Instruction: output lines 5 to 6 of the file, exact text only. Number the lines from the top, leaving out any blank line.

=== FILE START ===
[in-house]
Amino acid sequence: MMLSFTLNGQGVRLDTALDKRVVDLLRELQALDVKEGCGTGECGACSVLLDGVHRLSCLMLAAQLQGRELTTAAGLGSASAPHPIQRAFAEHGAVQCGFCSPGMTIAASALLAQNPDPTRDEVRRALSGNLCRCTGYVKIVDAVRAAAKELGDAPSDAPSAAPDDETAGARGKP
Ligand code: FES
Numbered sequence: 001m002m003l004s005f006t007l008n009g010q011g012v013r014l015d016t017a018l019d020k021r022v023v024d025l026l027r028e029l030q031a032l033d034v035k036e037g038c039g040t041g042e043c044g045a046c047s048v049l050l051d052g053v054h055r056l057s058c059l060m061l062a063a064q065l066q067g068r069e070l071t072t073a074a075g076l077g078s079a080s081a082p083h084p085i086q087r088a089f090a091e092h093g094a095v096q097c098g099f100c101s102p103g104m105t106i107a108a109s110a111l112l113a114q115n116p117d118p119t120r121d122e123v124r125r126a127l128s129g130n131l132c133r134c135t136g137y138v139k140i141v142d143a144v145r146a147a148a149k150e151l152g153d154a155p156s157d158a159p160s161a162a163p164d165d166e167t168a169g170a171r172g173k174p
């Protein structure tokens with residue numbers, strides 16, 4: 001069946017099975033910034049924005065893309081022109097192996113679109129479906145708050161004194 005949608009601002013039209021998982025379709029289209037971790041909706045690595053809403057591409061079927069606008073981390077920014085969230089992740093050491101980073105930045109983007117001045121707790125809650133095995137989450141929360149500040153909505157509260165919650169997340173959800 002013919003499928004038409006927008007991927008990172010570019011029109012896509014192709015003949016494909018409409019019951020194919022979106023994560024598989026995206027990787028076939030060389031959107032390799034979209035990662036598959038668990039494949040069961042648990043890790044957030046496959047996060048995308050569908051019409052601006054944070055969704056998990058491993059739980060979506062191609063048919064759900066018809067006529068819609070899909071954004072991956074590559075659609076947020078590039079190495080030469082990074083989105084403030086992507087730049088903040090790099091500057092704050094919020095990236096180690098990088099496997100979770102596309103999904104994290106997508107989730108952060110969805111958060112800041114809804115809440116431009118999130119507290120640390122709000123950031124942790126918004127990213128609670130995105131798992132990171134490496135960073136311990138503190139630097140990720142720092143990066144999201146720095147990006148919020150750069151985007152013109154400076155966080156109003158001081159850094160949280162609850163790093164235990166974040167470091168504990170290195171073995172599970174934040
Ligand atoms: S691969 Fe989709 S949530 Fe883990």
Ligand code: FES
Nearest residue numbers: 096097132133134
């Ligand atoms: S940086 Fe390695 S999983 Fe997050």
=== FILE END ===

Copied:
């Protein structure tokens with residue numbers, strides 16, 4: 001069946017099975033910034049924005065893309081022109097192996113679109129479906145708050161004194 005949608009601002013039209021998982025379709029289209037971790041909706045690595053809403057591409061079927069606008073981390077920014085969230089992740093050491101980073105930045109983007117001045121707790125809650133095995137989450141929360149500040153909505157509260165919650169997340173959800 002013919003499928004038409006927008007991927008990172010570019011029109012896509014192709015003949016494909018409409019019951020194919022979106023994560024598989026995206027990787028076939030060389031959107032390799034979209035990662036598959038668990039494949040069961042648990043890790044957030046496959047996060048995308050569908051019409052601006054944070055969704056998990058491993059739980060979506062191609063048919064759900066018809067006529068819609070899909071954004072991956074590559075659609076947020078590039079190495080030469082990074083989105084403030086992507087730049088903040090790099091500057092704050094919020095990236096180690098990088099496997100979770102596309103999904104994290106997508107989730108952060110969805111958060112800041114809804115809440116431009118999130119507290120640390122709000123950031124942790126918004127990213128609670130995105131798992132990171134490496135960073136311990138503190139630097140990720142720092143990066144999201146720095147990006148919020150750069151985007152013109154400076155966080156109003158001081159850094160949280162609850163790093164235990166974040167470091168504990170290195171073995172599970174934040
Ligand atoms: S691969 Fe989709 S949530 Fe883990």